What to Do When Asked About Current Salary Level

salary negotiation

Q. I just completed a third round of interviews and the HR manager said the agency wants to make me an offer. She asked me how much I am currently making, and I politely told her I’d have to get back with her. Do I have to disclose my current salary—which is way below what the new job pays? My roommate told me to bump up my current salary by 50%. What should I do? -DB

A. It’s customary for employers to ask a potential employee about salary history. This generally is done to make sure they know where the prospective employee fits in the firm’s salary scale. It isn’t necessarily done to see how little they can pay you. Very often, if you currently are paid more than the new job, employers know this will soon become an issue. Even if the new position is more interesting than your current gig, you won’t remain happy for long if you don’t feel you are adequately compensated.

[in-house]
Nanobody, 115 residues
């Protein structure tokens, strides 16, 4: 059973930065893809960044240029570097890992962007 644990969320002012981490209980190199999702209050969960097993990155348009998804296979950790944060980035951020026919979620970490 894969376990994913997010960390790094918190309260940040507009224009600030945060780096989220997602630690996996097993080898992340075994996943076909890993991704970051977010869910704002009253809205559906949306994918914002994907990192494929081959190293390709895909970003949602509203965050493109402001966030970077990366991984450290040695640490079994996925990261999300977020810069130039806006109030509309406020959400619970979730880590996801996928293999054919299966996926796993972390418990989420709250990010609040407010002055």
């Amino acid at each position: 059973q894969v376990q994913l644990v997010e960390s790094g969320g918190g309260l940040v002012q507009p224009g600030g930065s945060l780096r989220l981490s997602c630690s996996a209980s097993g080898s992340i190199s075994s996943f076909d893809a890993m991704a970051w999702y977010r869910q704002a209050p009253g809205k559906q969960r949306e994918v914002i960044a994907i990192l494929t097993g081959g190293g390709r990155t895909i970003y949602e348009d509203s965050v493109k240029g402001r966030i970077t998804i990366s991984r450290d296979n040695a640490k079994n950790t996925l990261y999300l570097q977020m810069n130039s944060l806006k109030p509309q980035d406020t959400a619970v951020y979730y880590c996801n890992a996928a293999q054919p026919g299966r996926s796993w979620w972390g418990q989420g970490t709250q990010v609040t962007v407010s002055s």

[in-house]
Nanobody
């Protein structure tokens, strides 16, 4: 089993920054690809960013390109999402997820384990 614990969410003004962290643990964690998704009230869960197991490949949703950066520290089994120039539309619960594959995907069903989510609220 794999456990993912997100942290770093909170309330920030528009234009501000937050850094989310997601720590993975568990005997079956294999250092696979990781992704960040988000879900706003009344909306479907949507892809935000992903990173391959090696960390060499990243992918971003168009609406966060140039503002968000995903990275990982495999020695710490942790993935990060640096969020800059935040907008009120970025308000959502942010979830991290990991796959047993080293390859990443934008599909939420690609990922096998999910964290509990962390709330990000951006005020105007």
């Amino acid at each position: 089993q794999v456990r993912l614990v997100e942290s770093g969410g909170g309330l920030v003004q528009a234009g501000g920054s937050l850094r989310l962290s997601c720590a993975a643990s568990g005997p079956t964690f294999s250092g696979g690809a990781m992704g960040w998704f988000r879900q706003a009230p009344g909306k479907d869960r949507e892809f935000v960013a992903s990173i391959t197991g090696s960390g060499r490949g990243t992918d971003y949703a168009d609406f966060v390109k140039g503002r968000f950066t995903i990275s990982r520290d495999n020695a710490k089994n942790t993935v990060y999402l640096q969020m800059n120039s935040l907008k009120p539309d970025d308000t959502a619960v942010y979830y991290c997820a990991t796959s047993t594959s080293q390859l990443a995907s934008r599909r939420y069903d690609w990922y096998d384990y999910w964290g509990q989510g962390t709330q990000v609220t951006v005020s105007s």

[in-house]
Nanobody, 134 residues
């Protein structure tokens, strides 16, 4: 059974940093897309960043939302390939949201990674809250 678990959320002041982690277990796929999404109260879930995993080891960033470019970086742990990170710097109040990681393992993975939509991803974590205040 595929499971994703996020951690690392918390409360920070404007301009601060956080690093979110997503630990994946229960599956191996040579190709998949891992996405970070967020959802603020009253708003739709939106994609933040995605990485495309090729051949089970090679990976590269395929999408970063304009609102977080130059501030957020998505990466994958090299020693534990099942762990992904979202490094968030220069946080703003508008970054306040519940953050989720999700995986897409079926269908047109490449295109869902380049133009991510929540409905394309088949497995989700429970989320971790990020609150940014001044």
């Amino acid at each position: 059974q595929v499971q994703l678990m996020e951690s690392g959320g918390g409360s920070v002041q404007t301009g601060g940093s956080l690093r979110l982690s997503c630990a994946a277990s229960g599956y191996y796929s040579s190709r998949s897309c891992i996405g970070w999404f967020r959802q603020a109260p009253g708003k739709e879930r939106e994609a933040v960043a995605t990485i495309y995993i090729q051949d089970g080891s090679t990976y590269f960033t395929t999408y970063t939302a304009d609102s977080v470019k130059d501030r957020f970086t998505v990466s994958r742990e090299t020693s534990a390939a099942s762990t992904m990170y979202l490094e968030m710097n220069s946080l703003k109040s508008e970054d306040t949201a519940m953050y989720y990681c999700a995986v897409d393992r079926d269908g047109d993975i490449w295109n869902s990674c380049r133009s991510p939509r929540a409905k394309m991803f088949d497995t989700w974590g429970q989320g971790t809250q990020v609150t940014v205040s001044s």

Importantly, don’t lie since some firms follow up or “someone may know someone” who is familiar with the pay scale of your current employer. Tell the truth. If you got this far with the interview, they clearly think you are the one they want. Let the HR manager know that you can and will to do a great job. Then explain that you were complacent about salary when you accepted your current job, but you now are better aware of comp levels for this sort of position. Make it clear you want the job and will do a great job. A positive attitude will help ensure that you get what you deserve.

Get insights about pay ranges from the annual PR salary survey by Bloom, Gross & Associates.

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